In the present study, we assessed the potential of T-MSC-derived SCs (T-MSC-SCs) as a cell therapy for peripheral nerve regeneration in the Tr-J mouse model of CMT1A disease. After the transplantation of T-MSC-SCs into the muscle adjacent to the sciatic nerve, the effect of overcoming demyelination, which is the most fundamental cause of CMT1A disease, and their therapeutic effects on axons and muscles were investigated.

2. Results

2.1. T-MSC-Derived SCs (T-MSC-SCs) Exhibit Schwann Cell and Neurotrophic Markers

To assess their potential for neuromuscular regeneration in Tr-J mice in vivo, we transplanted T-MSC-SCs. The T-MSCs (Figure 1A,C,E) were cultured for 16 days to allow their terminal differentiation into T-MSC-SCs (Figure 1B,D,F), when they then displayed elongated bi- or tripolar spindle-shaped morphology and thinner cytoplasmic extensions, as previously reported [18]. To determine the phenotypes of the T-MSC-SCs, we examined for SC and neurotrophic markers, such as glial fibrillary acidic protein (GFAP), S100 calcium-binding protein B (S100B), nerve growth factor receptor (NGFR), glial cell-derived neurotrophic factor (GDNF), and brain-derived neurotrophic factor (BDNF) using immunostaining (Figure 1C–F) and real-time PCR (Figure 1G–K). The T-MSC-SCs exhibited increased expression of these markers of differentiation compared with undifferentiated T-MSCs. The ratio of NGFR-positive cells was 69.7 ± 7.6%.

2.2. Motor Function after Transplanting T-MSC-SCs into the Tr-J Mice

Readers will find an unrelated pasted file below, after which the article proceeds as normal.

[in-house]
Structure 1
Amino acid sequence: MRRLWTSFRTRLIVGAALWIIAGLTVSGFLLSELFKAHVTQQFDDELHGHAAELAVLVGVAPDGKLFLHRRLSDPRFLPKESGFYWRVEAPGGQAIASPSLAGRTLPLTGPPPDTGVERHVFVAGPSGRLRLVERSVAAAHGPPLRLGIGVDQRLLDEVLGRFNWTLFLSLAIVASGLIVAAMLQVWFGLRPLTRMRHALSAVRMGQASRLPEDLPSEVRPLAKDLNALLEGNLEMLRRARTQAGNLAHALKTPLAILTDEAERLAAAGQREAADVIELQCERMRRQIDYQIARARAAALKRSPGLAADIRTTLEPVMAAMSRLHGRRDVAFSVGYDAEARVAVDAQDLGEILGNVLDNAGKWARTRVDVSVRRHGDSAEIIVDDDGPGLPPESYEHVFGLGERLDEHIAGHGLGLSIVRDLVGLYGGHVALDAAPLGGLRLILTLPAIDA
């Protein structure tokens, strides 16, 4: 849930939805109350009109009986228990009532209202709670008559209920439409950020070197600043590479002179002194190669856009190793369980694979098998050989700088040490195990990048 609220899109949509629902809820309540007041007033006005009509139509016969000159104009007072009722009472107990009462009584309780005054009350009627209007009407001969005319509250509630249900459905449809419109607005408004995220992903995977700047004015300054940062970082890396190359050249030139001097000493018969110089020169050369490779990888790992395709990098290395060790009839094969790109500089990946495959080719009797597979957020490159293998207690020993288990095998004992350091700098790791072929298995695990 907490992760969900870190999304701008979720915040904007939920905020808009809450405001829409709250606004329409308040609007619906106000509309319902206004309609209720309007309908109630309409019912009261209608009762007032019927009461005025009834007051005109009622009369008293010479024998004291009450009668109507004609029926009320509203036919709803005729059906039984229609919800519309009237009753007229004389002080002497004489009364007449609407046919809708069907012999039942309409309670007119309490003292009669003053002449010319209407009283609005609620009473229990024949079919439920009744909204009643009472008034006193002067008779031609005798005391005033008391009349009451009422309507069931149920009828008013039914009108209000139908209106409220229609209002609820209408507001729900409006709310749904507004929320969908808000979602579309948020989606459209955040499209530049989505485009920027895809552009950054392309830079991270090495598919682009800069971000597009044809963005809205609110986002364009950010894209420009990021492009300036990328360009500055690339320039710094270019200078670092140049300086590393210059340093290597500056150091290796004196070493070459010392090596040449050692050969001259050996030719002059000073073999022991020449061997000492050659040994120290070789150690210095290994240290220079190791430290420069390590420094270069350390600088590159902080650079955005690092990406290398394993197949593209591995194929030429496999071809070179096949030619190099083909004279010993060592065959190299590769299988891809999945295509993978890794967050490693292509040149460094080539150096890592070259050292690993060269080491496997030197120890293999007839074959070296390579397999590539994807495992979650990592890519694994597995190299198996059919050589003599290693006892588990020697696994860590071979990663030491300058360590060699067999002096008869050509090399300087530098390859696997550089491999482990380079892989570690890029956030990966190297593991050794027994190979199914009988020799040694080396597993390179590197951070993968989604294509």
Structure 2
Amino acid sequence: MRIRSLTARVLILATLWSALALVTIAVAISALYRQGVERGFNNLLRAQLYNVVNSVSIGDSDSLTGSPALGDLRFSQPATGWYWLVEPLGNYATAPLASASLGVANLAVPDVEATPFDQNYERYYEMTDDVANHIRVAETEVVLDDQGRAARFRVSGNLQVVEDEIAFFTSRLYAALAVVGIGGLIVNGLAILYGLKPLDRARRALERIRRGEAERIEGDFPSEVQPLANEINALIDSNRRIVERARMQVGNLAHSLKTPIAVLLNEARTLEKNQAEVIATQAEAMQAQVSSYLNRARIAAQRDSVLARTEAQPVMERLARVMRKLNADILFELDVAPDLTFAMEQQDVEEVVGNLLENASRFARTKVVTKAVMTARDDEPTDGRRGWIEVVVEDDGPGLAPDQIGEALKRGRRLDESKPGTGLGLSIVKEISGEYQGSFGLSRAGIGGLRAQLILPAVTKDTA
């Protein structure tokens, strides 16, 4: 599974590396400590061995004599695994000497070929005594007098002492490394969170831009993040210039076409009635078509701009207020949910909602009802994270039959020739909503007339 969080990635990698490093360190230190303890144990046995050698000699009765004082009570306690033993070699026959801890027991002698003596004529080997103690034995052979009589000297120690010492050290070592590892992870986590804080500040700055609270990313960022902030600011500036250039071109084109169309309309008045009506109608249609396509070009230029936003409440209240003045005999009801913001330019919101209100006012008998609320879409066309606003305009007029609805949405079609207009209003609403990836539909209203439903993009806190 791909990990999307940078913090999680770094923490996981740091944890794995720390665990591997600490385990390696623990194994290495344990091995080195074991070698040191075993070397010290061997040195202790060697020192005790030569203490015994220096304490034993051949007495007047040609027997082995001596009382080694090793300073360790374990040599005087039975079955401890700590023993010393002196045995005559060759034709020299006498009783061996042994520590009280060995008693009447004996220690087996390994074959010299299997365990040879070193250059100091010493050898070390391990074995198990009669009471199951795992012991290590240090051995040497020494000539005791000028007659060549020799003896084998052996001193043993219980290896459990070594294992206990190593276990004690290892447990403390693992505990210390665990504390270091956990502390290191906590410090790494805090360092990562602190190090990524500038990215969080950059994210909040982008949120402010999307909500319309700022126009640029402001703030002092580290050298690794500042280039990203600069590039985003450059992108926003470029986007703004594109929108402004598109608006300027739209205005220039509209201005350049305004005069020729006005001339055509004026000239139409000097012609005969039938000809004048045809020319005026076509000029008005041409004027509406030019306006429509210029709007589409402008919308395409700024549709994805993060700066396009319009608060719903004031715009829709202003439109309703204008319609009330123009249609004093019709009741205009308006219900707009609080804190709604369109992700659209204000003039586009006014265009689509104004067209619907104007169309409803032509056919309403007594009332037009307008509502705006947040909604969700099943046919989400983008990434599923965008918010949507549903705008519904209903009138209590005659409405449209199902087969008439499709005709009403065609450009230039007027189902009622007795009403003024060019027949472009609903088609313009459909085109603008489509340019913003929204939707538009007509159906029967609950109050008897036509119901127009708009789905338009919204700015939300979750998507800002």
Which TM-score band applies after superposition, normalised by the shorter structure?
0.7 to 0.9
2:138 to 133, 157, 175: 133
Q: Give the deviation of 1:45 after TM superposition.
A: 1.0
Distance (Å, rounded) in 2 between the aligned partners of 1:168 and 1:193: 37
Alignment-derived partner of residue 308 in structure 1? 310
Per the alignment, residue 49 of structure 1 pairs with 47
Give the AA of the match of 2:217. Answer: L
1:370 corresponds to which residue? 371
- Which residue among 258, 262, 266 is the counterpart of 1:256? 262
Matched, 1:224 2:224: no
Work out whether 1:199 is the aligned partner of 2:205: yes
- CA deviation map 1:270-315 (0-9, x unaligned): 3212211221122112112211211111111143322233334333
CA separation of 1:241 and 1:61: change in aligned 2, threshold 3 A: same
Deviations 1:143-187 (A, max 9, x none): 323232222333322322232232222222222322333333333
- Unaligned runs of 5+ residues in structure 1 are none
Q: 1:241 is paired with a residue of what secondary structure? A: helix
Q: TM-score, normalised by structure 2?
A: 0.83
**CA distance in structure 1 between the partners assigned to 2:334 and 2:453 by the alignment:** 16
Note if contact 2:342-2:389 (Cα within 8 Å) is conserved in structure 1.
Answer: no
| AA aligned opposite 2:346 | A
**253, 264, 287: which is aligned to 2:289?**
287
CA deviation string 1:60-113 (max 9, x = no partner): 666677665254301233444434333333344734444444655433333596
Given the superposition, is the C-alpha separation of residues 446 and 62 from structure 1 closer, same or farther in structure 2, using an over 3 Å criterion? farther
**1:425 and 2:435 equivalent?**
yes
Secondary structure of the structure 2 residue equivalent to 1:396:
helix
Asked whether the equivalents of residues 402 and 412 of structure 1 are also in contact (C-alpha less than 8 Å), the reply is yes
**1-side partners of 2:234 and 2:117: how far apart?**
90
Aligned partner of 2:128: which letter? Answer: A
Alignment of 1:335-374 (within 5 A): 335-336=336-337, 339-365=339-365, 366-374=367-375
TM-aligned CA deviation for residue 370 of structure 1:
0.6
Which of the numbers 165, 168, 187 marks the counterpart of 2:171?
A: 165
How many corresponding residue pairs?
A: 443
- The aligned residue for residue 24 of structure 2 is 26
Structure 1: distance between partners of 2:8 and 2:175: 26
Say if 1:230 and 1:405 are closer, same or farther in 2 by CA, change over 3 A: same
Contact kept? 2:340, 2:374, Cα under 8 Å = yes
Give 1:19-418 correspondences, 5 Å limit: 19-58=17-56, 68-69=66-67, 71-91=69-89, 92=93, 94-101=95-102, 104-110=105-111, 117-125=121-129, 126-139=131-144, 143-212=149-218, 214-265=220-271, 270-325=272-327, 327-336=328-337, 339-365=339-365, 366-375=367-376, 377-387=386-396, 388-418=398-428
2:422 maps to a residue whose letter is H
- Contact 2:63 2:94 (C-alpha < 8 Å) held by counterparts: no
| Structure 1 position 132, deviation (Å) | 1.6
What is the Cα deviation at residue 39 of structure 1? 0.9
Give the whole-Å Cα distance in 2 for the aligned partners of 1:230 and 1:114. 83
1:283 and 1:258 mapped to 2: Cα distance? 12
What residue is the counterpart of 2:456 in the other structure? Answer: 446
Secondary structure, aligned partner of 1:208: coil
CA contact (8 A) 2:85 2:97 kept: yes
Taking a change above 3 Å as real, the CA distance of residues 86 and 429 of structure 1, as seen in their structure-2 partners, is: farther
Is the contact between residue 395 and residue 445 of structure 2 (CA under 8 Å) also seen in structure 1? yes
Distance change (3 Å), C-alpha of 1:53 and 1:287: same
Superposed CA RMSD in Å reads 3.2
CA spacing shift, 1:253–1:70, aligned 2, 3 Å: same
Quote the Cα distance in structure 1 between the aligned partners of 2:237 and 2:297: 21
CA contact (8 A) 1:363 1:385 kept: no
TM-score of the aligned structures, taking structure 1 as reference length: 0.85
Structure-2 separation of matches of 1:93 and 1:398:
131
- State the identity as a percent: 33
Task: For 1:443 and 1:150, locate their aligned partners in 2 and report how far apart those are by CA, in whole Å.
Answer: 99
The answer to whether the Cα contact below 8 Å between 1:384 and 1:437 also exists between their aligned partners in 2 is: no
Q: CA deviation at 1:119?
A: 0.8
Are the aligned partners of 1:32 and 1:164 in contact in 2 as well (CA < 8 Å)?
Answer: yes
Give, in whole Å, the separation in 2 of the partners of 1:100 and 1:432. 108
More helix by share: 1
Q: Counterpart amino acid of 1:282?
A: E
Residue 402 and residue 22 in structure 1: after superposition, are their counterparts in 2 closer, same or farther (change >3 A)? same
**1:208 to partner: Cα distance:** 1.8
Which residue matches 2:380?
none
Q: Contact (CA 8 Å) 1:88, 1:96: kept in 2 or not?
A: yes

After transplanting T-MSC-SCs and/or injecting phosphate-buffered saline (PBS) (sham treatment) into the right thigh muscle near the sciatic nerve of the Tr-J mice and we assessed their phenotype. Using a rotarod test, we observed improvement in motor function in the T-MSC-SC group at 2, 4, 6, 8, 10, and 12 weeks (Figure 2). The latencies of mice in the T-MSC-SC group (n = 7) on a rotating rod elevated gradually by 12 weeks, but no improvement was observed in the sham-treatment group (n = 7) animals. No significant differences in the results of rotarod tests were found between any group (Figure 3A). The latency of the age-matched wild-type (W/T) group (n = 8) was 400 s in this study. The T-MSC-SC-recipient mice were able to stand with their front limbs resting on a wall, which was not seen in the sham group (Figure S1). For functional assessment of regeneration effected by transplanted T-MSC-SCs in Tr-J mice, the sciatic function index (SFI, Figure 3C) was calculated at 12 weeks after transplantation using footprint patterns (Figure 3B). In general, the SFI fluctuates around 0 for normal nerve (W/T), whereas it is −28.79 ± 3.214 in the sham group, where SFI represents dysfunction. The SFI of the T-MSC-SC group (–18.25 ± 2.244) revealed a significant improvement compared with the sham group (p < 0.05). SFI was negative; a higher SFI indicates better functioning of the sciatic nerve.